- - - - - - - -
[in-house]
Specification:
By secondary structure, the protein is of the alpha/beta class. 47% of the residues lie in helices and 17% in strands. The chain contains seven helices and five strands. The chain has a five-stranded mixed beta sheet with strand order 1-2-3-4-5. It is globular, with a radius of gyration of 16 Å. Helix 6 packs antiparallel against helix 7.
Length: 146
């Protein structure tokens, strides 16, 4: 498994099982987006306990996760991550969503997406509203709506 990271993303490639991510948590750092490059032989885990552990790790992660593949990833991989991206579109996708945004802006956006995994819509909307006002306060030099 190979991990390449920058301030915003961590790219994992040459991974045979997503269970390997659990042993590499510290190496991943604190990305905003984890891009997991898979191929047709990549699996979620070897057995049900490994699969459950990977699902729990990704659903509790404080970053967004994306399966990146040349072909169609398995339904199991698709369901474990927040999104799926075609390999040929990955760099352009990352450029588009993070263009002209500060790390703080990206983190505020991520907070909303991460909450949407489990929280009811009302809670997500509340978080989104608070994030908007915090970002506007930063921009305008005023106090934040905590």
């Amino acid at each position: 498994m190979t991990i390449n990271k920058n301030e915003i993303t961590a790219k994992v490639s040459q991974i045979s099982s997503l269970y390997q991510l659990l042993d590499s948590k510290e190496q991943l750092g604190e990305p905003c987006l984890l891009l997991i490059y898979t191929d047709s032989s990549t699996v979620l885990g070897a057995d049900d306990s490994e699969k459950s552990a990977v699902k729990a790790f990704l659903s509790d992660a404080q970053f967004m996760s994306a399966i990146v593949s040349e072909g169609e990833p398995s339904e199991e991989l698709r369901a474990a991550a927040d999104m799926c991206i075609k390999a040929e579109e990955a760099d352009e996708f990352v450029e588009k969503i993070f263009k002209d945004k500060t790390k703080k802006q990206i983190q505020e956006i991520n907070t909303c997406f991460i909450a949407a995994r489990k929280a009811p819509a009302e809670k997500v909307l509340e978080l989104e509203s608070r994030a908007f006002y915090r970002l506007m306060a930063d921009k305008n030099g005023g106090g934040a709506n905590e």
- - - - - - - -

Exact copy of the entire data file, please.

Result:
[in-house]
Specification:
By secondary structure, the protein is of the alpha/beta class. 47% of the residues lie in helices and 17% in strands. The chain contains seven helices and five strands. The chain has a five-stranded mixed beta sheet with strand order 1-2-3-4-5. It is globular, with a radius of gyration of 16 Å. Helix 6 packs antiparallel against helix 7.
Length: 146
């Protein structure tokens, strides 16, 4: 498994099982987006306990996760991550969503997406509203709506 990271993303490639991510948590750092490059032989885990552990790790992660593949990833991989991206579109996708945004802006956006995994819509909307006002306060030099 190979991990390449920058301030915003961590790219994992040459991974045979997503269970390997659990042993590499510290190496991943604190990305905003984890891009997991898979191929047709990549699996979620070897057995049900490994699969459950990977699902729990990704659903509790404080970053967004994306399966990146040349072909169609398995339904199991698709369901474990927040999104799926075609390999040929990955760099352009990352450029588009993070263009002209500060790390703080990206983190505020991520907070909303991460909450949407489990929280009811009302809670997500509340978080989104608070994030908007915090970002506007930063921009305008005023106090934040905590």
């Amino acid at each position: 498994m190979t991990i390449n990271k920058n301030e915003i993303t961590a790219k994992v490639s040459q991974i045979s099982s997503l269970y390997q991510l659990l042993d590499s948590k510290e190496q991943l750092g604190e990305p905003c987006l984890l891009l997991i490059y898979t191929d047709s032989s990549t699996v979620l885990g070897a057995d049900d306990s490994e699969k459950s552990a990977v699902k729990a790790f990704l659903s509790d992660a404080q970053f967004m996760s994306a399966i990146v593949s040349e072909g169609e990833p398995s339904e199991e991989l698709r369901a474990a991550a927040d999104m799926c991206i075609k390999a040929e579109e990955a760099d352009e996708f990352v450029e588009k969503i993070f263009k002209d945004k500060t790390k703080k802006q990206i983190q505020e956006i991520n907070t909303c997406f991460i909450a949407a995994r489990k929280a009811p819509a009302e809670k997500v909307l509340e978080l989104e509203s608070r994030a908007f006002y915090r970002l506007m306060a930063d921009k305008n030099g005023g106090g934040a709506n905590e």